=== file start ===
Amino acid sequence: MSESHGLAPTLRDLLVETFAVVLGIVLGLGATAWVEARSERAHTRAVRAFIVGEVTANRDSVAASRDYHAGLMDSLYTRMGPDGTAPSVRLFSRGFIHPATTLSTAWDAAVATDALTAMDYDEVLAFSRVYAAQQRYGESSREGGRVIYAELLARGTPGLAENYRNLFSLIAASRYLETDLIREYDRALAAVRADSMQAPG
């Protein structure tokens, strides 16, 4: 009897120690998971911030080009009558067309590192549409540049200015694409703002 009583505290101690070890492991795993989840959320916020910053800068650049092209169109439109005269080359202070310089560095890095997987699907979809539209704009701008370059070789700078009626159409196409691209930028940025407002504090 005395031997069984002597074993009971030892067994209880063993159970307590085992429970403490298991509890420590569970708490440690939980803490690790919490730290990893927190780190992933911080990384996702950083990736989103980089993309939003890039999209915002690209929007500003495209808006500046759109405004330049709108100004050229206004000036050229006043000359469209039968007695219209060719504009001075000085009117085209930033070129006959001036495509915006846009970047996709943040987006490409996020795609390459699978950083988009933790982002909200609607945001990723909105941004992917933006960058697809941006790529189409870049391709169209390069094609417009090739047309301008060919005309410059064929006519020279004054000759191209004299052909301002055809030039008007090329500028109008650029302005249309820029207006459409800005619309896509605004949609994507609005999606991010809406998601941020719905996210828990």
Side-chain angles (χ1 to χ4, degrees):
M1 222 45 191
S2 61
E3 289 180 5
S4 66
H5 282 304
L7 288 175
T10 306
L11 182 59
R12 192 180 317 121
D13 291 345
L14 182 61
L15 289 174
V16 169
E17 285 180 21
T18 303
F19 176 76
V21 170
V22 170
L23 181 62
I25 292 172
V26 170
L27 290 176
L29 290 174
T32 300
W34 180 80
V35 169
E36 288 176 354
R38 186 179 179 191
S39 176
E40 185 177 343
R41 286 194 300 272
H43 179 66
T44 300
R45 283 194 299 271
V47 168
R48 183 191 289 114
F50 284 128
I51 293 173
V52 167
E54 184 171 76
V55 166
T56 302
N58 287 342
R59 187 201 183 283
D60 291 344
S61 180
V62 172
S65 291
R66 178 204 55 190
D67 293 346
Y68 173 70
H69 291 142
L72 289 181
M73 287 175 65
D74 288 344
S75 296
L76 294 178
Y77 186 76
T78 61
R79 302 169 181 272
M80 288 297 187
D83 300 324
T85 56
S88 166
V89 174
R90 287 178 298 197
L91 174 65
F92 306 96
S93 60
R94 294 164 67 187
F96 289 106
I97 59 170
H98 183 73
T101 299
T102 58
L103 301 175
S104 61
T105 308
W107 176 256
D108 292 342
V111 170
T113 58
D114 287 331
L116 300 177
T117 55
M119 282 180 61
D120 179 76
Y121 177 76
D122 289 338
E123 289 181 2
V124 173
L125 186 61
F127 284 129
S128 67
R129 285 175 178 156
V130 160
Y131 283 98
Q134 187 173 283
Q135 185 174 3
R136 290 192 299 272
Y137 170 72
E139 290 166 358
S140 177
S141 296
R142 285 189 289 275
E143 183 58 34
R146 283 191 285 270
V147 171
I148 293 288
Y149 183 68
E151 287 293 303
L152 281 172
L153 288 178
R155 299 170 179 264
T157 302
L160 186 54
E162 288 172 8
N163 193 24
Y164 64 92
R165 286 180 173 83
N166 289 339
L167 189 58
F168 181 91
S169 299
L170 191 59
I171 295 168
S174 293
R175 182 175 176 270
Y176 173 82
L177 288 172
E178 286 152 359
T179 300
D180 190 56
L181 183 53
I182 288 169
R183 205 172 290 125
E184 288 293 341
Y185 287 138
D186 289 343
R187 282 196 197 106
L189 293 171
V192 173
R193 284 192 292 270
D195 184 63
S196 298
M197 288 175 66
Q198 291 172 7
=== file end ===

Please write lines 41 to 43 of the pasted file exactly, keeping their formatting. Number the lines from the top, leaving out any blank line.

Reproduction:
I51 293 173
V52 167
E54 184 171 76